purslane, common name for some plants of the Portulaceae, a family of herbs and a few small shrubs, chiefly of the Americas. The portulacas or purslanes (genus Portulaca) include many species indigenous to the United States. The pussley, or common purslane (P. oleracea), is a common trailing weed in America; it and the upright European variety are sometimes used as potherbs and greens. Several species of the related warm-temperate and tropical genus Talinum are similarly used. Several species of Portulaca are cultivated in gardens, e.g., the small, showy-blossomed rose moss, or garden purslane (P. grandiflora), introduced from Brazil. Many North American wildflowers, sometimes also cultivated, are members of this family. The spring beauty (Claytonia virginica; for John Clayton) is an early spring flower of Eastern woods. Bitterroot (Lewisia rediviva) is also a Western plant; it was found by Lewis and Clark on their expedition in the American West, and the genus was named for Lewis. The common name is applied to several Western landmarks, such as the Bitterroot Mountains; it is the state flower of Montana. Purslane is classified in the division Magnoliophyta, class Magnoliopsida, order Caryophyllales.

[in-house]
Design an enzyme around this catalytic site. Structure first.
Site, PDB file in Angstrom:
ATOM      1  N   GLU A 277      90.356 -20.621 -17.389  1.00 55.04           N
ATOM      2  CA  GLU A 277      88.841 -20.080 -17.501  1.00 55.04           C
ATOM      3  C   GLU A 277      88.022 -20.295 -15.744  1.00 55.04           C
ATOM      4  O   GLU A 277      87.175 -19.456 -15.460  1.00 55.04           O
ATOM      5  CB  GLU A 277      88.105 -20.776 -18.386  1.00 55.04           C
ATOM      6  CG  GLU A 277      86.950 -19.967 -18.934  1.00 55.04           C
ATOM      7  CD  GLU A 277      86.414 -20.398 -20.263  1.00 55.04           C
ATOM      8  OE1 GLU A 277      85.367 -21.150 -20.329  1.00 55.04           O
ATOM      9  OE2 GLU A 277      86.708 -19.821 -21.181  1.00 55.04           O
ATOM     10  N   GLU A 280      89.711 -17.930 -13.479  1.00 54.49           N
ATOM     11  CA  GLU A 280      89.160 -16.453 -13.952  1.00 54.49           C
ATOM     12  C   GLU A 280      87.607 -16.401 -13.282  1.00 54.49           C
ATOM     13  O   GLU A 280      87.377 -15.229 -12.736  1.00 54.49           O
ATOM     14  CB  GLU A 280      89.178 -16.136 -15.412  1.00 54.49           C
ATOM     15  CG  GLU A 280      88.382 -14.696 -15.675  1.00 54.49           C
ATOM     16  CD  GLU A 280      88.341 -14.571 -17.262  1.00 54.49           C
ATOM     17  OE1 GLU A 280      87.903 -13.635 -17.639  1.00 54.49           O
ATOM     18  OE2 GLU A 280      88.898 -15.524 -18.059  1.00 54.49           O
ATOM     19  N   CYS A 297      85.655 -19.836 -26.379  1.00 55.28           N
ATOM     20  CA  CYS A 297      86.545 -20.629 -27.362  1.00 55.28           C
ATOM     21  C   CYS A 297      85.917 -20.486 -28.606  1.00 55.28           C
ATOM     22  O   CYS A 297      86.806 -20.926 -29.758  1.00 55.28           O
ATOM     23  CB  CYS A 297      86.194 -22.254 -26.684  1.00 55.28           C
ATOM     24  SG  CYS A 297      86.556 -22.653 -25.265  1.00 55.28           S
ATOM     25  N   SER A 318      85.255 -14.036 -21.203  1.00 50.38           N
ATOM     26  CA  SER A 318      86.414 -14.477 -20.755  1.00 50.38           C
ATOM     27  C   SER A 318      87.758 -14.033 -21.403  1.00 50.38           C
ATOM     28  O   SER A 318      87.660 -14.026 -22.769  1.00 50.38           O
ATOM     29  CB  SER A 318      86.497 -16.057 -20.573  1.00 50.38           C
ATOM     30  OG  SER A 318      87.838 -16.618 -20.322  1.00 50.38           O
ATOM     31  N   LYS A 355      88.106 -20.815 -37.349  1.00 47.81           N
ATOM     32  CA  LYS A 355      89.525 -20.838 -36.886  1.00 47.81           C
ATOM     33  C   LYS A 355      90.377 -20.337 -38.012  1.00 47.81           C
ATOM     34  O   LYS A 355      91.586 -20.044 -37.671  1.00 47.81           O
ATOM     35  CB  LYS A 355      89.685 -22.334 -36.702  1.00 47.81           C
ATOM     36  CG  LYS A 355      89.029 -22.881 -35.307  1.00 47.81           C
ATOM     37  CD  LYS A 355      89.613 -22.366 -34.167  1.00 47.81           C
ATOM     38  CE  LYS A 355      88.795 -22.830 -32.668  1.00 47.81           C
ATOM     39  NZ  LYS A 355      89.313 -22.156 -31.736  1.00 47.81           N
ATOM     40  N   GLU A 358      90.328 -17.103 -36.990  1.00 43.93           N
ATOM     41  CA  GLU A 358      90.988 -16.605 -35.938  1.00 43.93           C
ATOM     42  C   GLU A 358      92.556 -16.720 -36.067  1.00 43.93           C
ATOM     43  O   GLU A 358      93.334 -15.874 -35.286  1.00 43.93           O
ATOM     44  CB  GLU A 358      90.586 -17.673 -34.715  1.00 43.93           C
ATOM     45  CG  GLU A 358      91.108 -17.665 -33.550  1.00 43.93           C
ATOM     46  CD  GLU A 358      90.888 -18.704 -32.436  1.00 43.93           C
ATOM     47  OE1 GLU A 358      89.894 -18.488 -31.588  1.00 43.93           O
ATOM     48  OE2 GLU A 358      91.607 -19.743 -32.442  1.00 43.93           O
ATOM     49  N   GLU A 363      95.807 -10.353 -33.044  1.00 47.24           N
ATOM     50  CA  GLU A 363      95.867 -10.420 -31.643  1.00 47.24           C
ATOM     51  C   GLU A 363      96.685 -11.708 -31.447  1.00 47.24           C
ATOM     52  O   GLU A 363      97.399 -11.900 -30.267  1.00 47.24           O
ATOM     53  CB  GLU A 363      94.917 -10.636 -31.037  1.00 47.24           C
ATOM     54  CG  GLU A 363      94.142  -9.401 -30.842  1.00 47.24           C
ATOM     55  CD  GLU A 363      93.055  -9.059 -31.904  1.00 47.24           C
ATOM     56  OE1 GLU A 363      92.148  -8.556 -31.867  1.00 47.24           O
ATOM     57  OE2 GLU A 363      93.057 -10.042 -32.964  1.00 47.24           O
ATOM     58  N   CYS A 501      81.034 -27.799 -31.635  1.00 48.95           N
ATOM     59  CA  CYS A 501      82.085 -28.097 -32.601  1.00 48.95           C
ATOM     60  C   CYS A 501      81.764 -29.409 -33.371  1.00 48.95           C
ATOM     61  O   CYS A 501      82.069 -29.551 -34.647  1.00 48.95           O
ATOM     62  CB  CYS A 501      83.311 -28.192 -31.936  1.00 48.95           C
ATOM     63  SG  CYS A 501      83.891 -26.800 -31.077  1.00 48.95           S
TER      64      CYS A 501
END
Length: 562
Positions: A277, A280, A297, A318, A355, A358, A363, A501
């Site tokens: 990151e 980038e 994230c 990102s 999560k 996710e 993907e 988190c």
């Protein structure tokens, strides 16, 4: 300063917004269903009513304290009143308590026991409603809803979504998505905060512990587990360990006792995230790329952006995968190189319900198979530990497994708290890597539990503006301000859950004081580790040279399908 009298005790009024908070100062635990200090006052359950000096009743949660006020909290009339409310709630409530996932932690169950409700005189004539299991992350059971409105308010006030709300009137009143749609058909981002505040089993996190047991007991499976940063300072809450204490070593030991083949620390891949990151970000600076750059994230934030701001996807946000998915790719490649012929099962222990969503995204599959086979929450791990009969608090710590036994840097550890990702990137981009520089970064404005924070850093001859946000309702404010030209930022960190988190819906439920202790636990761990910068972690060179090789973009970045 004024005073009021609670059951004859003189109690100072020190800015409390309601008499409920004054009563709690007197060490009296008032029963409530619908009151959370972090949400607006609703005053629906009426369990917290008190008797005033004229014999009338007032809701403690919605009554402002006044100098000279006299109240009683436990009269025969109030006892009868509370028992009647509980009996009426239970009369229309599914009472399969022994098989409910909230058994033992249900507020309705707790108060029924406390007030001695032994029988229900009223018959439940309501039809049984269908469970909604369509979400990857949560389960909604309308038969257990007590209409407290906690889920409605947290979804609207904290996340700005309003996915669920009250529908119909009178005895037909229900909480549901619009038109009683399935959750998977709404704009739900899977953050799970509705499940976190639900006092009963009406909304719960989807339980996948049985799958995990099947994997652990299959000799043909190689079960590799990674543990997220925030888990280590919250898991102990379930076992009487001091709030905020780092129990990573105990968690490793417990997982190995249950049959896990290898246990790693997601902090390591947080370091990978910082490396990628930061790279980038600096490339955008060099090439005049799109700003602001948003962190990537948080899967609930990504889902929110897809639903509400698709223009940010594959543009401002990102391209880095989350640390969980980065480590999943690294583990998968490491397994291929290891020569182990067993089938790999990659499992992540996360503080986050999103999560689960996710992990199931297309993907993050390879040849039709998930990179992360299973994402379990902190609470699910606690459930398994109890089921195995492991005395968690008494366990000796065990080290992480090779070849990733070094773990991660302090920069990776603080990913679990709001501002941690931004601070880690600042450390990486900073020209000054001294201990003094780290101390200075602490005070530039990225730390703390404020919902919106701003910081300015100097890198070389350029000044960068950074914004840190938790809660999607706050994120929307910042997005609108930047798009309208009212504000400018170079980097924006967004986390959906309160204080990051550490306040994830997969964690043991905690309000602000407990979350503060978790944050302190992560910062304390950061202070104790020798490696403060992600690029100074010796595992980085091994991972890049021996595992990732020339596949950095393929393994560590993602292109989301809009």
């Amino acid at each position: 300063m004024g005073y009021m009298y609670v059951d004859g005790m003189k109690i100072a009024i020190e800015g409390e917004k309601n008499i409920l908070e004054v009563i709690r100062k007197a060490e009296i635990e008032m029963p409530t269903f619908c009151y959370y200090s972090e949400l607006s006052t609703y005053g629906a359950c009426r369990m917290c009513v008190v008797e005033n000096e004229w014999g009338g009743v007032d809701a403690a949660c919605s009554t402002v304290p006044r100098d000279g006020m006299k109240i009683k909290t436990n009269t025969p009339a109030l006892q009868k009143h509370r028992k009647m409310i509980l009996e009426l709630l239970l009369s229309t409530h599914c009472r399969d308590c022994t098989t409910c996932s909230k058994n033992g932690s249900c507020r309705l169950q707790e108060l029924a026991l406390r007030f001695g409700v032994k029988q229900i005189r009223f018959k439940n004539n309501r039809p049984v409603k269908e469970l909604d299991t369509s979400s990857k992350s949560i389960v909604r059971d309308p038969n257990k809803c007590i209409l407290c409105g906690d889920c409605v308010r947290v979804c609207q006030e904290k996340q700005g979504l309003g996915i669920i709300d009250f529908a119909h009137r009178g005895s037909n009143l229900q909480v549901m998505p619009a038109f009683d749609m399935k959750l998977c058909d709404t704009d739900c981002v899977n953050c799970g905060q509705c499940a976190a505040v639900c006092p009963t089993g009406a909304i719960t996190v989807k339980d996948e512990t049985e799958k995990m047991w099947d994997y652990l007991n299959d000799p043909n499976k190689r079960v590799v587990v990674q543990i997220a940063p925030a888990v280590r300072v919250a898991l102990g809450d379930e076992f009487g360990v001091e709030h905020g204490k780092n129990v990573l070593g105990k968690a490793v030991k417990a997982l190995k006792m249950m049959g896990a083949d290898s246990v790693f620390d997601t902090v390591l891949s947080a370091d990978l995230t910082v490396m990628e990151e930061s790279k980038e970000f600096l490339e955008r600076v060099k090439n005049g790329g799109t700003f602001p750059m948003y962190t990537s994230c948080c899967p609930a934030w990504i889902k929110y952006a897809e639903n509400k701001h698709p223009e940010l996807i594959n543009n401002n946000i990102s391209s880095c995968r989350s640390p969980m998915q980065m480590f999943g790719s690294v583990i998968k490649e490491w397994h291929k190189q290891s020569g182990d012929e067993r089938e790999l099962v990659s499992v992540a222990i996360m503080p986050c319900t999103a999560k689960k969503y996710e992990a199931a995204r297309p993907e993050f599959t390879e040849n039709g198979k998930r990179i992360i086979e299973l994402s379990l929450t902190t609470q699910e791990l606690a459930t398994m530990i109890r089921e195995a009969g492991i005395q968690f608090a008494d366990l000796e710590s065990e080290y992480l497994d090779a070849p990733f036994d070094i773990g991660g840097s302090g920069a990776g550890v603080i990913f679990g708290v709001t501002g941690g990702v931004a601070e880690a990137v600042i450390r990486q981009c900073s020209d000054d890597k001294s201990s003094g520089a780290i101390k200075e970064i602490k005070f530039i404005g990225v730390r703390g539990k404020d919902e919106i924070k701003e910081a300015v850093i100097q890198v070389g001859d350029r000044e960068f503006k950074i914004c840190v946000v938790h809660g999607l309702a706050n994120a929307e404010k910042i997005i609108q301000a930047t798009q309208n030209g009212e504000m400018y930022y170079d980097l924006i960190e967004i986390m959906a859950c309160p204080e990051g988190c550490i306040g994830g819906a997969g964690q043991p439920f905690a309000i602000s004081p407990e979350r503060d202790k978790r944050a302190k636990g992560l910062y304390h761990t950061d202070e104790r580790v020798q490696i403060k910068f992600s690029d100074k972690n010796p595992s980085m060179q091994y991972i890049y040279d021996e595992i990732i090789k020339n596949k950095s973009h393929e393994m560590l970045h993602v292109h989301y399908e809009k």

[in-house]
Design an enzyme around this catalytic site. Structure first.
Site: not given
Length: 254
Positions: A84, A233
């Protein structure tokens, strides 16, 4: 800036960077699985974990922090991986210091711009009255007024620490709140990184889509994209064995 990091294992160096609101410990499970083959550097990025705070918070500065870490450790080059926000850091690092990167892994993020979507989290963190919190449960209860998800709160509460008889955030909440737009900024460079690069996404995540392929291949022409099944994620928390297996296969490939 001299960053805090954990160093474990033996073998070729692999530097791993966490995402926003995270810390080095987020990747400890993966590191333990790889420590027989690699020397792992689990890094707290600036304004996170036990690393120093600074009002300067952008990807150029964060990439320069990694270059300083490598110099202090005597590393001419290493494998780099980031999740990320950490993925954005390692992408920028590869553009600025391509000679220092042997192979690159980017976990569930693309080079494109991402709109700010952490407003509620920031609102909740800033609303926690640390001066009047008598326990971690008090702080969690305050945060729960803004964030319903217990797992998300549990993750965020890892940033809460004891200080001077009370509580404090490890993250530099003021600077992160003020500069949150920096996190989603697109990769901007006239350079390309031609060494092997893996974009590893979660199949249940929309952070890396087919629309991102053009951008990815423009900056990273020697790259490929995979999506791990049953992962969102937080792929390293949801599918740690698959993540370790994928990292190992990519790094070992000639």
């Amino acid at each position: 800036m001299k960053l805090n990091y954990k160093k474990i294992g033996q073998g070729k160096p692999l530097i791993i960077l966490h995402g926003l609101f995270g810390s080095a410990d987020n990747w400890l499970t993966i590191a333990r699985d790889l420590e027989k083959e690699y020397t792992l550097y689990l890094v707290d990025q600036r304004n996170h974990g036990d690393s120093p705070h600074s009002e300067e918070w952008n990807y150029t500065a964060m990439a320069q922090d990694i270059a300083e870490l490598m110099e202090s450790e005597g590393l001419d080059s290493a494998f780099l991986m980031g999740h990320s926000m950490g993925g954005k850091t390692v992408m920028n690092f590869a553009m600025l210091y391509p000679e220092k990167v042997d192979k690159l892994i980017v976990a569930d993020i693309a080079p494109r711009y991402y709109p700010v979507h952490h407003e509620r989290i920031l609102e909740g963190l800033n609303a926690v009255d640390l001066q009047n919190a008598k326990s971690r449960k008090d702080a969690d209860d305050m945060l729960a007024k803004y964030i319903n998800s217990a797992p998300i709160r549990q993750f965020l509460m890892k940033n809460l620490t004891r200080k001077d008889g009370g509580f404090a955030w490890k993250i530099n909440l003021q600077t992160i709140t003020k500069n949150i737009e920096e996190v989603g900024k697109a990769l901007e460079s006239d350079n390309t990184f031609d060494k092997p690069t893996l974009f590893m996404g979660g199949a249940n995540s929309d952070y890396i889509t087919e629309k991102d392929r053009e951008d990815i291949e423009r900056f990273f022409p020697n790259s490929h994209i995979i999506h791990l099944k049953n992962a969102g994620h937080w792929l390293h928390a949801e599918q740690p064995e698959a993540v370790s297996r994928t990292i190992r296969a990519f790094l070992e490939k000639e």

The Columbia Electronic Encyclopedia, 6th ed. Copyright © 2012, Columbia University Press. All rights reserved.
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